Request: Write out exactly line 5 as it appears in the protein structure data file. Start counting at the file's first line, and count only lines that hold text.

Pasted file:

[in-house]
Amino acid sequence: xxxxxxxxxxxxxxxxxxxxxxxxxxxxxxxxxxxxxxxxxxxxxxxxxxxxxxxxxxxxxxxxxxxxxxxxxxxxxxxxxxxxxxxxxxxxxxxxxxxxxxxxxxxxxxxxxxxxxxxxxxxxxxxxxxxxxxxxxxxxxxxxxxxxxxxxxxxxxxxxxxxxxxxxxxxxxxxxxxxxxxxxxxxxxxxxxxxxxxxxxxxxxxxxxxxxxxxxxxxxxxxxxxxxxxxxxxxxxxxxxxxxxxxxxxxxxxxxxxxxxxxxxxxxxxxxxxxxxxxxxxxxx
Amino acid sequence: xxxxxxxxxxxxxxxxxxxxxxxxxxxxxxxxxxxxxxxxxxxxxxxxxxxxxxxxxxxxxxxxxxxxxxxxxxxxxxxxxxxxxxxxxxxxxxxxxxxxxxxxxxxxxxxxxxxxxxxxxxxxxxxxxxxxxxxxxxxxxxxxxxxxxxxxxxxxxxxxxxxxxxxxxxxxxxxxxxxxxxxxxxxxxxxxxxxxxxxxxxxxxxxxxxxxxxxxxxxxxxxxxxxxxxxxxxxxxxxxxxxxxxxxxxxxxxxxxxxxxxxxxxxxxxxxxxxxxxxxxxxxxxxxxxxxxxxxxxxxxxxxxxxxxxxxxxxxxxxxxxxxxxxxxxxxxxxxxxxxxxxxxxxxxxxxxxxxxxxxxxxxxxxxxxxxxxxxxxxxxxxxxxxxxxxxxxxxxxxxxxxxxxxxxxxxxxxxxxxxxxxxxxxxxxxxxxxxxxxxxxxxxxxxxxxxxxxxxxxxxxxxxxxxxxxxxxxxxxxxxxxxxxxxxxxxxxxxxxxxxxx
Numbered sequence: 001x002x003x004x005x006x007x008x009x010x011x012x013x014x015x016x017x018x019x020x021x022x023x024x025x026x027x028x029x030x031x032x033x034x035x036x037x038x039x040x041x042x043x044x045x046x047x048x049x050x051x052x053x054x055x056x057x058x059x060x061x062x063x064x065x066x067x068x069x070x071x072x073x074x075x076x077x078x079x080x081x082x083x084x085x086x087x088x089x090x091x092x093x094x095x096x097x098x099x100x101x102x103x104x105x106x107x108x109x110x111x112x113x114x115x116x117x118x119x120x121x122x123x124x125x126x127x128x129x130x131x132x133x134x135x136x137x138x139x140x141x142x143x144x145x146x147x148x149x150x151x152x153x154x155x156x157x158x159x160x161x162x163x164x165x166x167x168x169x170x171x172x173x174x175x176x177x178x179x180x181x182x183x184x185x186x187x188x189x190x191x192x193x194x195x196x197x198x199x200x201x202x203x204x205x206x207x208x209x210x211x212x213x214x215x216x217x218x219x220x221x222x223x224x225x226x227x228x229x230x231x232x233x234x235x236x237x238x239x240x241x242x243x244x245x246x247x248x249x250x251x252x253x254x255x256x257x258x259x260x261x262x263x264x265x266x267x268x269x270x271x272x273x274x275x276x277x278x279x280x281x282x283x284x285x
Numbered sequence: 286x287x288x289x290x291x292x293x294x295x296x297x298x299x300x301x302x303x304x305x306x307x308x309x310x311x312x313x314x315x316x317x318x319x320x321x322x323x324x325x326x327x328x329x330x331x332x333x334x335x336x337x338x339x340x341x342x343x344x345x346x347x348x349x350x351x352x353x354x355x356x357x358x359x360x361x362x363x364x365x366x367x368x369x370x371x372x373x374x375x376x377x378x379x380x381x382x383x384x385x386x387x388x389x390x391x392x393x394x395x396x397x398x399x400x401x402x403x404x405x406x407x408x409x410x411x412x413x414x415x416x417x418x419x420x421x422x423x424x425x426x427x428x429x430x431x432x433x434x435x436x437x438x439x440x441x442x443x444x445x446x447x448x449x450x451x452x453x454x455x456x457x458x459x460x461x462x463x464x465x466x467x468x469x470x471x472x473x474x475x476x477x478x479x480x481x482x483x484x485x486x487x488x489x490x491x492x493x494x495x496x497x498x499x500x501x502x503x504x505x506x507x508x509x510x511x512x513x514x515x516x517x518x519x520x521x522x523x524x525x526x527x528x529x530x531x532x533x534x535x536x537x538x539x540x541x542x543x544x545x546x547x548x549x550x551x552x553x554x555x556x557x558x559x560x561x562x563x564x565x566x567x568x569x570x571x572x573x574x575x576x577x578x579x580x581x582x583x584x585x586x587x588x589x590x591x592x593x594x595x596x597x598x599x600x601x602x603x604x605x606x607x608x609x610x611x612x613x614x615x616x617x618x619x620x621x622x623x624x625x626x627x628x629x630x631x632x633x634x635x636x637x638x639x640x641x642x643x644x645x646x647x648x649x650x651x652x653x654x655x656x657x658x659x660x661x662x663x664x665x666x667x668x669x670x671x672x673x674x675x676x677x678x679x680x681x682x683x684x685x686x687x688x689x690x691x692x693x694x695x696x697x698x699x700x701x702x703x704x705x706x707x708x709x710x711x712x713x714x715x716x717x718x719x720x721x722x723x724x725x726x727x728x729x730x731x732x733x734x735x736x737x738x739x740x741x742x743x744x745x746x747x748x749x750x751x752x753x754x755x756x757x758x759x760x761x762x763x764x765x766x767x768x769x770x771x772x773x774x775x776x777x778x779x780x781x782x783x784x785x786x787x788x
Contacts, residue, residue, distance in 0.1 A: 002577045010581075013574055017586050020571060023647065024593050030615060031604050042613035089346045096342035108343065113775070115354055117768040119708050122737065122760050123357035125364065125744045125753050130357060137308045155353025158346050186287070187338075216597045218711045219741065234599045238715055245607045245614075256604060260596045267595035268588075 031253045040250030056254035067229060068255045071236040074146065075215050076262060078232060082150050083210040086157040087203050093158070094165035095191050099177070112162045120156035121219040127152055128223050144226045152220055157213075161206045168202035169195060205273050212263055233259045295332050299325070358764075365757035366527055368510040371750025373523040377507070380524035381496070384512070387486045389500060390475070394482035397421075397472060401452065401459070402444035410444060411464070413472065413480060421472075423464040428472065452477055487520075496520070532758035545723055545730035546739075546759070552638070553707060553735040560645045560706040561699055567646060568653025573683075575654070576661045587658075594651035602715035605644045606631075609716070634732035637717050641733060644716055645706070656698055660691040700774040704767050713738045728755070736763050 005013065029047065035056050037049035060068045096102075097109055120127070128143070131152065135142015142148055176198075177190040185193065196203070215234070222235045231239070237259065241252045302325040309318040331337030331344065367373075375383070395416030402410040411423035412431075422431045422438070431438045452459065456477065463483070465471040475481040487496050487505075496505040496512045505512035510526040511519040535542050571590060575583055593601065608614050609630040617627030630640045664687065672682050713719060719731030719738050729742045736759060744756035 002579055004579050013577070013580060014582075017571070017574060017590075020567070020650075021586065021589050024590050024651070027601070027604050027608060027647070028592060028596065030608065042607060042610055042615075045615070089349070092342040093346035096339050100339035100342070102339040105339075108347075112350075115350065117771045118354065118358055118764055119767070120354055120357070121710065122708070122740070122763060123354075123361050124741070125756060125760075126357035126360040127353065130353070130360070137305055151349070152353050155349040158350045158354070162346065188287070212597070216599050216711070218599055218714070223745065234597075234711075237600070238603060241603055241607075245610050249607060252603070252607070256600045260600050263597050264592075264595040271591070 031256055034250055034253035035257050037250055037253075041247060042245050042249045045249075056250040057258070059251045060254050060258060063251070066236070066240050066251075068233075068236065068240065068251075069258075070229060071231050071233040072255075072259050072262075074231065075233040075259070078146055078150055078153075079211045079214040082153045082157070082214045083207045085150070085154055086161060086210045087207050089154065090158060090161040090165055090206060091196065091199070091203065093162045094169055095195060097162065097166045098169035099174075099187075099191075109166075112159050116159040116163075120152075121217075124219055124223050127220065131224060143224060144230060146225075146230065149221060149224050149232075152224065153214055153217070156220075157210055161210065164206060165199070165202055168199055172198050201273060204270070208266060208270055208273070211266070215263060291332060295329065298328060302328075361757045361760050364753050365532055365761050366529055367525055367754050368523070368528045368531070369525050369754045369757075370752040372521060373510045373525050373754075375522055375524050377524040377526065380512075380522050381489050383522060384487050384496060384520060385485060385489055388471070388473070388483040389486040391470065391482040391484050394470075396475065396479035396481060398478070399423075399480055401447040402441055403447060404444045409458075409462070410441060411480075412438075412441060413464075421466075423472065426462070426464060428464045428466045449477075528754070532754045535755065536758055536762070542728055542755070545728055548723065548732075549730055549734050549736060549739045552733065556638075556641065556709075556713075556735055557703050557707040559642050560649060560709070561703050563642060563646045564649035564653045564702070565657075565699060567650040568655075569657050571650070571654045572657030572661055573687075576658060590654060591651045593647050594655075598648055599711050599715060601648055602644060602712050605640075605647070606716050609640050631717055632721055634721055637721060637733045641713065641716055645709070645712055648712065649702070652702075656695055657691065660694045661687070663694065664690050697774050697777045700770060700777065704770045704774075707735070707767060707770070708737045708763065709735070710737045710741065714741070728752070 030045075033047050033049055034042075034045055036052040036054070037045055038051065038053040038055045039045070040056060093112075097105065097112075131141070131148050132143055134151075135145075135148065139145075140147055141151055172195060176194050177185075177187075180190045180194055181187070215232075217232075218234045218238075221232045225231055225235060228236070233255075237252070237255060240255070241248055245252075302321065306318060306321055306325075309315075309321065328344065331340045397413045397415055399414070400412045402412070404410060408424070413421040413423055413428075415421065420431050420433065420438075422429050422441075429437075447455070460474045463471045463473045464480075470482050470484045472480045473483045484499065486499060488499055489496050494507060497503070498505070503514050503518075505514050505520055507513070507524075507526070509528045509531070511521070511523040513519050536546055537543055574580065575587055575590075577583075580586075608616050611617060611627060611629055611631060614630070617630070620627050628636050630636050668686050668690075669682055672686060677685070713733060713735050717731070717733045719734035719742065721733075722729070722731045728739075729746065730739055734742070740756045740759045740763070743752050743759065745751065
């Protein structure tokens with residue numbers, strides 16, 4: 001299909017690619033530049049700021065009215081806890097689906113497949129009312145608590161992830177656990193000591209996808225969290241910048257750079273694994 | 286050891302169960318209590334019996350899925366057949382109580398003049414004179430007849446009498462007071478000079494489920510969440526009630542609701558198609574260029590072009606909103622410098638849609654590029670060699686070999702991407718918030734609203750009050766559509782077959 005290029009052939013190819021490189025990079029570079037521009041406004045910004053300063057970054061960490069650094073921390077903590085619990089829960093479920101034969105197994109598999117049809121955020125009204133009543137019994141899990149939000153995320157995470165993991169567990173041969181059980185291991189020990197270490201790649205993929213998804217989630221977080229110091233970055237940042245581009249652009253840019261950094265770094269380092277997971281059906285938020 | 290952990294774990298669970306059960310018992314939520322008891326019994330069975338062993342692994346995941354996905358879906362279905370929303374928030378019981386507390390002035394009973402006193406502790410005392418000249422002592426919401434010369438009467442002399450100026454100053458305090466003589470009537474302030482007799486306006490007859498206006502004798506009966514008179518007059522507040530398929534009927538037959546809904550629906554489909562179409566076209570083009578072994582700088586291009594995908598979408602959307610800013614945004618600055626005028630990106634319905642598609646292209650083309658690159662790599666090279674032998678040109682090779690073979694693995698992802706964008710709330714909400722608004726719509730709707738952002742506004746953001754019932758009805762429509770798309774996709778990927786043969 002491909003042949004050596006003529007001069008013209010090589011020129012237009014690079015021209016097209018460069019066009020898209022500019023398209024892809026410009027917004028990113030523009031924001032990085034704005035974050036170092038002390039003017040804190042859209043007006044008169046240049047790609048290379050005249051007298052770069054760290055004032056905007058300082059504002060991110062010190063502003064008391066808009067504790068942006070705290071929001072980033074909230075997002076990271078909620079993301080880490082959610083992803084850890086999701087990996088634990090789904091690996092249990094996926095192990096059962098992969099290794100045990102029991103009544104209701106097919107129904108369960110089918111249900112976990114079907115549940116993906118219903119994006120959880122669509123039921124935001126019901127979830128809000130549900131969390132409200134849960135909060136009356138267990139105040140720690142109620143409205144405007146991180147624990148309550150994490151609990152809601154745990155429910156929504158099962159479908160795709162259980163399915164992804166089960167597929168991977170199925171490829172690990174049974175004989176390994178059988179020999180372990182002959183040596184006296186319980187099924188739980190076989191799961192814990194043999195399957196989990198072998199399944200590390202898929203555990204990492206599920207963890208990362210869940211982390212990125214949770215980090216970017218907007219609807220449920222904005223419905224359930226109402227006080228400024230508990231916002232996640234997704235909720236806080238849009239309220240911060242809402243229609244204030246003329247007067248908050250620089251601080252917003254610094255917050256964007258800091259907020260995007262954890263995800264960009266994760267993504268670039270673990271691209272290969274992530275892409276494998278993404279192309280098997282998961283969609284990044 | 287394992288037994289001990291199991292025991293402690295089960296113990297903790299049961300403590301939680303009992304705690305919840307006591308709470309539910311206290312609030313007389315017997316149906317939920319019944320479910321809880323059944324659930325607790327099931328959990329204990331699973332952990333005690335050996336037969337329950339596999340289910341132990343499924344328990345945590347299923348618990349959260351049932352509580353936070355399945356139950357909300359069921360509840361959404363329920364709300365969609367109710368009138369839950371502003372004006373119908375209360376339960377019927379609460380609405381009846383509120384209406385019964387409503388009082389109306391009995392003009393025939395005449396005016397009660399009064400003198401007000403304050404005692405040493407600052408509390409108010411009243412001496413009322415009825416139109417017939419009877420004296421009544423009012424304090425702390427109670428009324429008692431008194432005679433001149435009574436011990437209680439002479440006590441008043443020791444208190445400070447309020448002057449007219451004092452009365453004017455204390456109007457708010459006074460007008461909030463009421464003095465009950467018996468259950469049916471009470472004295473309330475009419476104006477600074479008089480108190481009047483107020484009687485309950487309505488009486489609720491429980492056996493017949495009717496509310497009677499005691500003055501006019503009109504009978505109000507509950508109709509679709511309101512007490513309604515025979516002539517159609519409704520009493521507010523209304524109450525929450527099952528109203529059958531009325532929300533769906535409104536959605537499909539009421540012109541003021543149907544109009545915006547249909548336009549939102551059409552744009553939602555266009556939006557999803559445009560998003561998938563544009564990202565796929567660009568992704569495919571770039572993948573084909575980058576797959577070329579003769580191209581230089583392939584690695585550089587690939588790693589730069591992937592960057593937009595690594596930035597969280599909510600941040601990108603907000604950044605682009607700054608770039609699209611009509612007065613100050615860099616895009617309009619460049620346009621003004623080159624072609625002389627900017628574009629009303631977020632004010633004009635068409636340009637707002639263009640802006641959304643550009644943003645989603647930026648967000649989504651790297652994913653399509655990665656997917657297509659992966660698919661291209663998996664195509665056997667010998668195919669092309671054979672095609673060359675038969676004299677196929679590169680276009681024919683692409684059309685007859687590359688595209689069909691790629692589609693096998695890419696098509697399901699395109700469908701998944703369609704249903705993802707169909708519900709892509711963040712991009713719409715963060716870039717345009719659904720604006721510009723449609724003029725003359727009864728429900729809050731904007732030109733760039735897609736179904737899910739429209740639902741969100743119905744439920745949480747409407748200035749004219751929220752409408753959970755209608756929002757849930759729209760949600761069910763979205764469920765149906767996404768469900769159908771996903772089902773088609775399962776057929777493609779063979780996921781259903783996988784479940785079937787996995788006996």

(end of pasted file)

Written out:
Numbered sequence: 286x287x288x289x290x291x292x293x294x295x296x297x298x299x300x301x302x303x304x305x306x307x308x309x310x311x312x313x314x315x316x317x318x319x320x321x322x323x324x325x326x327x328x329x330x331x332x333x334x335x336x337x338x339x340x341x342x343x344x345x346x347x348x349x350x351x352x353x354x355x356x357x358x359x360x361x362x363x364x365x366x367x368x369x370x371x372x373x374x375x376x377x378x379x380x381x382x383x384x385x386x387x388x389x390x391x392x393x394x395x396x397x398x399x400x401x402x403x404x405x406x407x408x409x410x411x412x413x414x415x416x417x418x419x420x421x422x423x424x425x426x427x428x429x430x431x432x433x434x435x436x437x438x439x440x441x442x443x444x445x446x447x448x449x450x451x452x453x454x455x456x457x458x459x460x461x462x463x464x465x466x467x468x469x470x471x472x473x474x475x476x477x478x479x480x481x482x483x484x485x486x487x488x489x490x491x492x493x494x495x496x497x498x499x500x501x502x503x504x505x506x507x508x509x510x511x512x513x514x515x516x517x518x519x520x521x522x523x524x525x526x527x528x529x530x531x532x533x534x535x536x537x538x539x540x541x542x543x544x545x546x547x548x549x550x551x552x553x554x555x556x557x558x559x560x561x562x563x564x565x566x567x568x569x570x571x572x573x574x575x576x577x578x579x580x581x582x583x584x585x586x587x588x589x590x591x592x593x594x595x596x597x598x599x600x601x602x603x604x605x606x607x608x609x610x611x612x613x614x615x616x617x618x619x620x621x622x623x624x625x626x627x628x629x630x631x632x633x634x635x636x637x638x639x640x641x642x643x644x645x646x647x648x649x650x651x652x653x654x655x656x657x658x659x660x661x662x663x664x665x666x667x668x669x670x671x672x673x674x675x676x677x678x679x680x681x682x683x684x685x686x687x688x689x690x691x692x693x694x695x696x697x698x699x700x701x702x703x704x705x706x707x708x709x710x711x712x713x714x715x716x717x718x719x720x721x722x723x724x725x726x727x728x729x730x731x732x733x734x735x736x737x738x739x740x741x742x743x744x745x746x747x748x749x750x751x752x753x754x755x756x757x758x759x760x761x762x763x764x765x766x767x768x769x770x771x772x773x774x775x776x777x778x779x780x781x782x783x784x785x786x787x788x